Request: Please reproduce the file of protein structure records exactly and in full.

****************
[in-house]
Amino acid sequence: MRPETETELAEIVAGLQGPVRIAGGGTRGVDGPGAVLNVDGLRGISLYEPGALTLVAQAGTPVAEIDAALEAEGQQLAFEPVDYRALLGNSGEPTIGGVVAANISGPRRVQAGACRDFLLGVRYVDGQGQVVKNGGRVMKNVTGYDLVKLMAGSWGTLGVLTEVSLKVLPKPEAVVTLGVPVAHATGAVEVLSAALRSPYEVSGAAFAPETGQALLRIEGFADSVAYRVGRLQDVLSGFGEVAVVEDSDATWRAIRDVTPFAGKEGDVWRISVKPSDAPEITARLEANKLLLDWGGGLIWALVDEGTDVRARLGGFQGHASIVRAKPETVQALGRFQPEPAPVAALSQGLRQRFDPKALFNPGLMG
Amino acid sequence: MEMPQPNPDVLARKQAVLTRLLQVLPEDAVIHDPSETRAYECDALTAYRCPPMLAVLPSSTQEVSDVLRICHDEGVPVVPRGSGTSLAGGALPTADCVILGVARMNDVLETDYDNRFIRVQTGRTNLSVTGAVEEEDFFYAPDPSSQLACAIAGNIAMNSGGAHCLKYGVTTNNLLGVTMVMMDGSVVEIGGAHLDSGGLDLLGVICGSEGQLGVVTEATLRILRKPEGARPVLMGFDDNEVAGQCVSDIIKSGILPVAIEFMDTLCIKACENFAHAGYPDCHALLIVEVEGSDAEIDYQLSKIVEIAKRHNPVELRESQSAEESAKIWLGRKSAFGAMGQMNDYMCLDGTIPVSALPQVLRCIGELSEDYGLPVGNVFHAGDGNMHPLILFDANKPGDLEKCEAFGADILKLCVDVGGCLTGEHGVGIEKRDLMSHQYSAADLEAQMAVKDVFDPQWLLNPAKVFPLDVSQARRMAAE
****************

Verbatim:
[in-house]
Amino acid sequence: MRPETETELAEIVAGLQGPVRIAGGGTRGVDGPGAVLNVDGLRGISLYEPGALTLVAQAGTPVAEIDAALEAEGQQLAFEPVDYRALLGNSGEPTIGGVVAANISGPRRVQAGACRDFLLGVRYVDGQGQVVKNGGRVMKNVTGYDLVKLMAGSWGTLGVLTEVSLKVLPKPEAVVTLGVPVAHATGAVEVLSAALRSPYEVSGAAFAPETGQALLRIEGFADSVAYRVGRLQDVLSGFGEVAVVEDSDATWRAIRDVTPFAGKEGDVWRISVKPSDAPEITARLEANKLLLDWGGGLIWALVDEGTDVRARLGGFQGHASIVRAKPETVQALGRFQPEPAPVAALSQGLRQRFDPKALFNPGLMG
Amino acid sequence: MEMPQPNPDVLARKQAVLTRLLQVLPEDAVIHDPSETRAYECDALTAYRCPPMLAVLPSSTQEVSDVLRICHDEGVPVVPRGSGTSLAGGALPTADCVILGVARMNDVLETDYDNRFIRVQTGRTNLSVTGAVEEEDFFYAPDPSSQLACAIAGNIAMNSGGAHCLKYGVTTNNLLGVTMVMMDGSVVEIGGAHLDSGGLDLLGVICGSEGQLGVVTEATLRILRKPEGARPVLMGFDDNEVAGQCVSDIIKSGILPVAIEFMDTLCIKACENFAHAGYPDCHALLIVEVEGSDAEIDYQLSKIVEIAKRHNPVELRESQSAEESAKIWLGRKSAFGAMGQMNDYMCLDGTIPVSALPQVLRCIGELSEDYGLPVGNVFHAGDGNMHPLILFDANKPGDLEKCEAFGADILKLCVDVGGCLTGEHGVGIEKRDLMSHQYSAADLEAQMAVKDVFDPQWLLNPAKVFPLDVSQARRMAAE